September 27, 2005
Mouse of the Future?
I never actually thought about it before, but in the real world your two hands work on tasks at all time. Making coffee, eating a sandwich, and walking a dog are all examples where both hands are working on specific individual tasks.
However, when using a mouse you primarily just sit there moving one hand around to manipulate objects on the screen. A company called Tactiva is currently trying to market a product where a sensor detects the activity of both hands and places "virtual hands" on the screen so you can control two things simultaneously.
The demo movie looks pretty cool. I love technology.
I never thought about this when designing a Gizmo. I only think about moving one slider at a time, or clicking on one checkbox. In ten or twenty years I wonder what our Gizmos will look like. I can't wait to see :)
September 22, 2005
Testimonial: "High Quality Trainers"
Here's some excellent praise that came in for our own, Thom O'Brien:
Shoreline [Public Schools in WA] subscribed to Explore Learning for three of our schools this year (2 middle - 1 high) after having done a limited pilot last year. Our teachers are enthusiastic about having this tool. I'm writing, however, to report that this enthusiasm escalated considerably due to Thom O'Brien's wonderful training session today. I've dabbled with EL for over a year and learned more in the first 20 minutes of Thom's presentation than in all that time on my own — and I reckon others felt the same way. Thom combined an easy-going style with solid practical implementation tips and some marvelous ideas on how to integrate Gizmos with other applications we use. I had to literally kick our teachers out of the room at 3:00 to free up the room — else I think they would have stayed well beyond the scheduled time …
I have already spoken to Thom about his possible return for another session with other teachers, and the teachers from today were in favor of the idea.
Thanks for the great product and for having such high quality trainers available to your clients.
Professional Development/Instructional Technology
Shoreline School District
Thanks, Jim, for your kind words. We're glad to hear that the implementation is off to a strong start.
Thom is quite a guy. By the way, if any of you happen to meet Thom when he visits your school as part of ExploreLearning's Professional Development and Teacher Training on Gizmos, be sure to ask him about a very interesting job he had in the past. (Hint: "Three rings. Big Show.")
September 21, 2005
Fun with Optical Illusions
I'm a sucker for optical illusions. Check out the image below and force yourself to reconcile the fact that all the lines in the image are straight despite what you see.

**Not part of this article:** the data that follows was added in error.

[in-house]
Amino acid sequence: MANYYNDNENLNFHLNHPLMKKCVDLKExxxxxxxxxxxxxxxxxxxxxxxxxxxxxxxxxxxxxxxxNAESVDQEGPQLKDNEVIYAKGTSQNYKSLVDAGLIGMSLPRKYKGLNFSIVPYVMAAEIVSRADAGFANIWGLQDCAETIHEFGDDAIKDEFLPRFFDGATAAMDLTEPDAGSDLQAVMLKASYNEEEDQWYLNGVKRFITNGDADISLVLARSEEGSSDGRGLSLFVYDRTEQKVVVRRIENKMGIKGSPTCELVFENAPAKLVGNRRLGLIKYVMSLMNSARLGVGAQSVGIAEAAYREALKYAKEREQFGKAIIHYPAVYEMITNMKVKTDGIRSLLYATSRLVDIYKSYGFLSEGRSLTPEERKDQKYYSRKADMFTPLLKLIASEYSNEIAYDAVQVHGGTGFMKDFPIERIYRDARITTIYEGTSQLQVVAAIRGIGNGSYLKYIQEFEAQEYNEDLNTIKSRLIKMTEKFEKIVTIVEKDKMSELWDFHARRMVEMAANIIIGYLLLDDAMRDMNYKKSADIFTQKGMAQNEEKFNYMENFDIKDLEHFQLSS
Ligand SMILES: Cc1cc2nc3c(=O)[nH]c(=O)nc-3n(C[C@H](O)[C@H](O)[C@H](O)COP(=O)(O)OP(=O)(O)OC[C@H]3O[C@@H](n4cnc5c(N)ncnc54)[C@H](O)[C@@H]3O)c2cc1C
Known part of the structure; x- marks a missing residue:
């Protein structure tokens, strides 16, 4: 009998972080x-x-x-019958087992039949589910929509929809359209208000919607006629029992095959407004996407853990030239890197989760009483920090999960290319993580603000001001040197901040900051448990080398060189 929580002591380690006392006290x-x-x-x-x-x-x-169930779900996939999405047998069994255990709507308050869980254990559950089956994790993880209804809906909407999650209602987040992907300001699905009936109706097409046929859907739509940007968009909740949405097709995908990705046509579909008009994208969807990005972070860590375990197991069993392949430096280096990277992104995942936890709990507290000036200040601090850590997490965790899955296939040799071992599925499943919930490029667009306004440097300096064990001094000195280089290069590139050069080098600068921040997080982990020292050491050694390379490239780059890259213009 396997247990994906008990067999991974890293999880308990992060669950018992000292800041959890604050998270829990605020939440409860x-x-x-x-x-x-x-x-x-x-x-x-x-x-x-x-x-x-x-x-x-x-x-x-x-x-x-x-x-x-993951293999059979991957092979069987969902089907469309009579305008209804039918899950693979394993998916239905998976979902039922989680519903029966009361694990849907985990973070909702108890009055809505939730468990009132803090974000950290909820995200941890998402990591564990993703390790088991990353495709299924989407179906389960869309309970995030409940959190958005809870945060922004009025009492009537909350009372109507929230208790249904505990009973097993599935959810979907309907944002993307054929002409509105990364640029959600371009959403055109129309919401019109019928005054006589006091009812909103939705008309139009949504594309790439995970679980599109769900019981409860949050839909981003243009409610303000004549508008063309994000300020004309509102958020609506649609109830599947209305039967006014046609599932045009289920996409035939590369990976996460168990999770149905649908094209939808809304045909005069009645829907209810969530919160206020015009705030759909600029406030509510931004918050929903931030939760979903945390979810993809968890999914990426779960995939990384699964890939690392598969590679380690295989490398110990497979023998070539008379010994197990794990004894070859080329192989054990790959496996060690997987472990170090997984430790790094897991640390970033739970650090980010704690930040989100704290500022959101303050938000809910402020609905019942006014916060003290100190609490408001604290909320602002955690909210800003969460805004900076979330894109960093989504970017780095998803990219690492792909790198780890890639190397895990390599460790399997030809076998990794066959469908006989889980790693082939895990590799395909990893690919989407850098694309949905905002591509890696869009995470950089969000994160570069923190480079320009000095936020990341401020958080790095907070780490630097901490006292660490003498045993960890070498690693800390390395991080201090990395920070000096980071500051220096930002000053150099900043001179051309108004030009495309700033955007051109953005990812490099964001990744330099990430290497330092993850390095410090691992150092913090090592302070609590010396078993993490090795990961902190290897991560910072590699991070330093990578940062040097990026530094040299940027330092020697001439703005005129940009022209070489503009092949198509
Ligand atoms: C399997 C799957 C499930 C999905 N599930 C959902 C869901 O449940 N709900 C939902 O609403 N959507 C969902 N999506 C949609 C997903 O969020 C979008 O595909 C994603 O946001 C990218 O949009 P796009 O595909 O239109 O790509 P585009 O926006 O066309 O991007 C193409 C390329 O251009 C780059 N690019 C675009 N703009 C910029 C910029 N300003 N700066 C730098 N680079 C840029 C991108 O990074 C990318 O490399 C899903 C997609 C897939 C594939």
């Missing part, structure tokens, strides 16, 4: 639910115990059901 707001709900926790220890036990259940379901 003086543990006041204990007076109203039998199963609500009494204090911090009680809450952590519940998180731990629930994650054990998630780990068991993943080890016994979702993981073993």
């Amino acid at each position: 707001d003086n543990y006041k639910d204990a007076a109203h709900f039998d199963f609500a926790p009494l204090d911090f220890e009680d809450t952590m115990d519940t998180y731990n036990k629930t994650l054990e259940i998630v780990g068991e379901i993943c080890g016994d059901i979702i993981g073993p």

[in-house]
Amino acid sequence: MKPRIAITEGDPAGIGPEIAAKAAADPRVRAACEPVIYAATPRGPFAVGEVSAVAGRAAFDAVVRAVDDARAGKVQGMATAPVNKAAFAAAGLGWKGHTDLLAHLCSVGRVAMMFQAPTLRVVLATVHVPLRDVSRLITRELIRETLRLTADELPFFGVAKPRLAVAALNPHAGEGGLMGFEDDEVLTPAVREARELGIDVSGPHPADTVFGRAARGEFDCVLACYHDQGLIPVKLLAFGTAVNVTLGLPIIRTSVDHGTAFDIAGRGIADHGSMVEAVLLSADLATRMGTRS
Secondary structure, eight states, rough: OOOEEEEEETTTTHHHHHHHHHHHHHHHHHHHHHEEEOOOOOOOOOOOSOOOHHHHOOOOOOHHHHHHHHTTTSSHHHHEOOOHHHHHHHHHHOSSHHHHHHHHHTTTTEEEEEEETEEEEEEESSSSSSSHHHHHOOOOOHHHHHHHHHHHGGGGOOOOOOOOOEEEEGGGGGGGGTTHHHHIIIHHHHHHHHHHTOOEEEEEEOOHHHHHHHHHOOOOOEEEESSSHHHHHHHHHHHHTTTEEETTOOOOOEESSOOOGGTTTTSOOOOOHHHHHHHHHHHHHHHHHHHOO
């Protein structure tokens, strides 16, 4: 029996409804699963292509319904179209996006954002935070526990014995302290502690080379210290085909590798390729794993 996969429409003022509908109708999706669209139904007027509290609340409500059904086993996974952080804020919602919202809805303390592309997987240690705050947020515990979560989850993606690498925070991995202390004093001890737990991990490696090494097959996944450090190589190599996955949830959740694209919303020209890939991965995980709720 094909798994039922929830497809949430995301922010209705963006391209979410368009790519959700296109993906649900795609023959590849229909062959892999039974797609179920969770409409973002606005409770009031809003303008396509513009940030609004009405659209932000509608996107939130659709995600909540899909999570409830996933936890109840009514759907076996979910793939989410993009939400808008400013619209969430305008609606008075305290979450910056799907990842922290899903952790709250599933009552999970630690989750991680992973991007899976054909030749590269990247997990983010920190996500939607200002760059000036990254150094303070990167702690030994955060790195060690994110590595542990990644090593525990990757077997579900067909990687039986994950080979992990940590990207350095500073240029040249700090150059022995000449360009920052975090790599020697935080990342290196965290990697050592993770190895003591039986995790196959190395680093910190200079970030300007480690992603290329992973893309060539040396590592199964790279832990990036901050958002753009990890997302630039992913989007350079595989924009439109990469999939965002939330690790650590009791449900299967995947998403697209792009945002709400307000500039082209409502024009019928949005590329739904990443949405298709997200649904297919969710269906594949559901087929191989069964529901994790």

Too Much, The Magic Brush
This device they are calling "The Magic Brush" sure does make me wish I was a kid again.
The I/O Brush is the brainchild of Kimiko Ryokai, a researcher at the MIT Media Lab in Cambridge, Massachusetts.
The device allows children to pick up colours and textures from their environment and paint with them on a large digital screen.
"By putting the camera into a paint brush, you are no longer pointing and shooting and thinking about capturing the environment, but using the environment to create something very new."
The American Association of Physics Teachers (AAPT) holds a photo contest every year. The winners of the AAPT 2005 High School Photo Contest have been posted online.
My favorite is definitely the one by Rebekah Sokol which won First Place in the Contrived Category. Wow. Really nice photo. Congratulations to all that submitted photos.
I wonder if an ExploreLearning user could win next year?
September 19, 2005
IBM to Encourage Employees to Become Math and Science Teachers
This is an innovative approach to the math and science teacher shortage:
September 13, 2005
Site Maintenance Scheduled
In order to perform routine maintenance on our servers, the ExploreLearning site will be unavailable for approximately 1 hour at some point between 12:00 am and 6:00 am on Tuesday, September 14, 2005. The most likely time for the outage is 3-4 a.m.
We apologize for any inconvenience this causes you.
September 09, 2005
Gizmos a Hit in Oklahoma
I was able to finally get started with my class and the gizmos today. They loved it. My biggest problem is keeping them from exploring the other gizmos I've put into their class. We did a density lab today and several of the students commented on how real it made the term "density" for them. I challenged them to find relationships within the lab and to do the math necessary to find the relationships. They were very excited about it. I'll try the questions and other things next time we work [with a Gizmo].
What a great start to the 2005 school year. Thanks for sharing the news, Janet.
In my own observations of students interacting with Gizmos, it's so pleasing to see how the students "get into it" so to speak. I mean since the Gizmos are our product, we expect that students and teachers will like them (we build them that way after all), but seeing it in action is really a great experience.
Teacher Home Page Interface Change
We've made a change to the Teacher and Home user versions of "My Homepage" to make the "Import Gizmos" function more clear and easier to use.
The change is as follows:
- In the "Class Tools" links the "Get Gizmos" link has been replaced by an "Import Gizmos" link.